The last and final step that you should consider when it comes to maintenance is to establish a relationship with a trusted provider. Some small maintenance tasks like cleaning and tightening bolts can be carried out by you or your employees with little training. However, there may be times when bigger, more complex repairs are needed.

If you find yourself in this situation then you will be faced with the possibility of halting your operations and dealing with financial losses or leaving your business exposed to criminal threats due to faulty equipment.

This is why we offer a nationwide reactive callout service with engineer response times of 8 hours, 24 hours, 48 hours, and 7 days meaning that we can get to you quickly to repair any damage and keep your business safe and secure.

To find out more about our servicing and repairs options, please visit https://www.gatewayautomation.co.uk/servicing/repairs/ or contact us on 01522 682255 for a free, no-obligation quotation and feasibility survey to assess your perimeter security needs.

Physical Security Checklist for Businesses

Physical Security Checklist

After a prolonged period of business closures and uncertainty, the threat of an economic downturn still weighs heavy on the mind of many business owners. Not only for their futures but also the risks of a boom in crime so often associated with economic slumps.

Here is a list of our most essential recommendations for most businesses looking to shield themselves from criminal activity. Here is our physical security checklist for businesses

1 – Start with a risk assessment

Every business is different and when it comes to perimeter security there is no such thing as a one size fits all approach. An experienced security provider should be able to explain the reasoning behind their recommendations, rather than just trying to sell you the latest technology for the sake of it.

Indeed, often the most simple forms of perimeter protection can have the most profound impact, so your first step should be to identify potential areas of weakness. This could come in the form of missing equipment, equipment in need of repair or replacement, or other more general considerations that can help you level up your security.

2 – Have you secured your entry points?

In terms of sending a message, gates can have a strong impact on the psyche. Robust, well-maintained gates send a message to criminals that your business takes their security needs very seriously. Gates are a critical step in dissuading the opportunistic type of criminal. They also give staff and clientele reassurance that your premises are safe. Heavy-duty security gates can come in the form of automatic, bi-folding, cantilever, or manual swing gates.

3 – Are you making the most of technology?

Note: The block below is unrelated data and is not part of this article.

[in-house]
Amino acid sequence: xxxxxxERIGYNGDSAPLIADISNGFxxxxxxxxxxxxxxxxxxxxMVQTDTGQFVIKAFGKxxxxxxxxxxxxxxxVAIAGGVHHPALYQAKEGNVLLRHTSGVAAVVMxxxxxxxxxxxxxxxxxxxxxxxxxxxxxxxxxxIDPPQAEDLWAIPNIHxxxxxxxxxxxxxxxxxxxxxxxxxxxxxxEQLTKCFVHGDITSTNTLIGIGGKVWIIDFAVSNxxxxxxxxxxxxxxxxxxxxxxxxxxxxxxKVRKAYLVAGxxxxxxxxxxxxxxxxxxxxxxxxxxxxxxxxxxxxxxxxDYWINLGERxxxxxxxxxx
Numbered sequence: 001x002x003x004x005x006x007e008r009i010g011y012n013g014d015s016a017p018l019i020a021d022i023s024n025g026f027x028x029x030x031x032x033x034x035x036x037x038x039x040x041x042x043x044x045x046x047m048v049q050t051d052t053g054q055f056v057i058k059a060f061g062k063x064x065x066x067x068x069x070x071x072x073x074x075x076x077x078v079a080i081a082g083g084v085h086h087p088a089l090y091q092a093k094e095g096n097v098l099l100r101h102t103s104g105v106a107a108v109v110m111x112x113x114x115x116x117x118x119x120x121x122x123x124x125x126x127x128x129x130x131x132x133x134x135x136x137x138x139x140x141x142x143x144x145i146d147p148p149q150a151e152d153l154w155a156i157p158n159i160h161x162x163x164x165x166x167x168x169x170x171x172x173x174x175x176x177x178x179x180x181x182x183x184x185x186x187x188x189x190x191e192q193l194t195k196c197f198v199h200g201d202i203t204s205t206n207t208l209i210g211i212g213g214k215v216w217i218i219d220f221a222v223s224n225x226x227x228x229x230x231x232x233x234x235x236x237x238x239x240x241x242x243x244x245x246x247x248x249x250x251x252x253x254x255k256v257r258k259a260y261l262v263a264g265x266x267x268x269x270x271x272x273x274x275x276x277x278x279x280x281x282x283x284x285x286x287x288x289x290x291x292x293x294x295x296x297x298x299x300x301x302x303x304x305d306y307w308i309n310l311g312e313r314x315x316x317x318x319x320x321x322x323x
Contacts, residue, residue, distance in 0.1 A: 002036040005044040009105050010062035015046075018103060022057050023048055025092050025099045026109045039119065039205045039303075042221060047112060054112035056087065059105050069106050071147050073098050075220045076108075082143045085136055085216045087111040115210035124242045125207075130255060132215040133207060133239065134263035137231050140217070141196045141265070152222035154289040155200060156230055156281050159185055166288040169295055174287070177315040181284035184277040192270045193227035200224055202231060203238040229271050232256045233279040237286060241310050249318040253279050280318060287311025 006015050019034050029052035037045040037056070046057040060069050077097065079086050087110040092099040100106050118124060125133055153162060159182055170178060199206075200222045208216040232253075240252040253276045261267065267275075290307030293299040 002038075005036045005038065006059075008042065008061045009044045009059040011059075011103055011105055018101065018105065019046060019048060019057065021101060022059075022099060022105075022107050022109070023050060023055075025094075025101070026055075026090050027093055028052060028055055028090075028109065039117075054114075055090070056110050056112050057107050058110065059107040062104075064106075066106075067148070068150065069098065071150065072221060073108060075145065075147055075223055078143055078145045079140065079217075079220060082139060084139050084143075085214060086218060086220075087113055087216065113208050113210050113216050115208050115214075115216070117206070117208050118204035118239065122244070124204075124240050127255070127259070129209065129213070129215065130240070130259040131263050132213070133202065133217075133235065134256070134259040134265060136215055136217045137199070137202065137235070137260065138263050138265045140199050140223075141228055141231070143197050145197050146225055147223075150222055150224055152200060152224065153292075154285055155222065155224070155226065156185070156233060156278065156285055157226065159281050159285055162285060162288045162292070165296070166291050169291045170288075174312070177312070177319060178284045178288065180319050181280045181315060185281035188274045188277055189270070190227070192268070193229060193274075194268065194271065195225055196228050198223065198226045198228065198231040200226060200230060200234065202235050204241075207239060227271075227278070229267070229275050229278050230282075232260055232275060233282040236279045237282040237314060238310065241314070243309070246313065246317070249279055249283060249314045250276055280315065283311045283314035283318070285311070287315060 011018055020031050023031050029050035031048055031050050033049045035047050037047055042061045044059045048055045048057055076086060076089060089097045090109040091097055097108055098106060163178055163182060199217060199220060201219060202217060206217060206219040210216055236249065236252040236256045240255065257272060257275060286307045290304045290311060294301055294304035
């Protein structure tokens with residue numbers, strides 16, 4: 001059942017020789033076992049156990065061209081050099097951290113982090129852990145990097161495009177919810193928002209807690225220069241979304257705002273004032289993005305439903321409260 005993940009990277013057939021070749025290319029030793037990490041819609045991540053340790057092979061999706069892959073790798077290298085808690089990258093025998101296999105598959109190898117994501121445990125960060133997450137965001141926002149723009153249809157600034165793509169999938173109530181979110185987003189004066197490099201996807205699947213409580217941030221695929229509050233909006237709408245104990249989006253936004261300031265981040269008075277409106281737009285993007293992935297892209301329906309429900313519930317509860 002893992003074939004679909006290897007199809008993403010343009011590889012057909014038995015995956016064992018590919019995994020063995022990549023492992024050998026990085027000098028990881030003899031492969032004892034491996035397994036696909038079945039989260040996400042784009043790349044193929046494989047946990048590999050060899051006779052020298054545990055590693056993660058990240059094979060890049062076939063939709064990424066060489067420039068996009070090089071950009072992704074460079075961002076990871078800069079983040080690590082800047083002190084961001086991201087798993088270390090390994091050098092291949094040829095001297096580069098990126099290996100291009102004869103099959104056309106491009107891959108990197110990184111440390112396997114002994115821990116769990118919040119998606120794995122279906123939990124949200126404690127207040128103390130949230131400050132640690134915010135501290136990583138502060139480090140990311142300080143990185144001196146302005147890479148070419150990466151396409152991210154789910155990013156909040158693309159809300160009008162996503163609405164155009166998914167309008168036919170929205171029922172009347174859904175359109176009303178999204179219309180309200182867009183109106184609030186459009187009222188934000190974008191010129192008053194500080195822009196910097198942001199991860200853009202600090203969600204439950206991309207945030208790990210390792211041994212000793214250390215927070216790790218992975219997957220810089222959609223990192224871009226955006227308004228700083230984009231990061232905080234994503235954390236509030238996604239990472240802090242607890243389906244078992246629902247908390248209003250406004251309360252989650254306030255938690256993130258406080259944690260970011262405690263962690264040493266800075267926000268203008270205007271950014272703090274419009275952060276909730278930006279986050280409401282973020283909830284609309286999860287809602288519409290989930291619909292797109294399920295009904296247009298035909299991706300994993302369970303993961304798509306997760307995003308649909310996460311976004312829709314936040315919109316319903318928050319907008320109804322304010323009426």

Advancements in technology mean that perimeter security has now come a long way from the lock and key methods of old. While there is a place for this type of equipment, keys can be easily lost or cloned causing headaches for business owners. Access control equipment uses the latest tech that is both secure and hard to bypass. This may come in the form of electronic keys, key cards, phone entry, registration plate recognition, or even biometric fingerprint readers.

Access control equipment can be used both internally and externally, equipping entry points, or perhaps used internally to block off specific areas where sensitive information or high-value goods might reside.

4 – Are you considering vehicular traffic?

Depending on the nature of your business, you may have vehicles visiting and driving around your premises. However, it may be important for you to be able to restrict access to approved vehicles and manage their movement during their stay.

Gates and barriers can be either manned or unnamed and fitted with equipment to regulate access. Gates and barriers can be opened manually, or automatic styles can be operated through passes, fobs, pin codes, registration readers, and other types of credentials. Having these types of tools in place can prevent unauthorised access from the off.

Should you need to manage vehicles as they move around your site then equipment such as flow control plates to focus traffic in a certain direction, speed ramps to control speed, and rising kerbs or security posts to block off specific areas might also be used.

Security might not be your only concern in this scenario. Sometimes it is important to shield pedestrians and employees from heavy goods vehicles, or other forms of traffic that might endanger them as they go about their business. This can be achieved through the use of automatic or manual bollards and barriers.

5 – Stop unwanted visitors

Another important consideration for many brick-and-mortar businesses is how to stop unwanted visitors who arrive on foot. Without the proper equipment and checks in place, it may be easy for someone to slip inside unnoticed – stealing equipment, documents, cash, or sensitive data. You can guard against this with the use of turnstiles, which are available in a variety of different sizes and styles. Turnstiles are commonplace in settings as diverse as corporate offices and music arenas, and effectively halt the progress of a pedestrian until their credentials have been checked – either by technology or actual personnel.

6 – Have you briefed staff?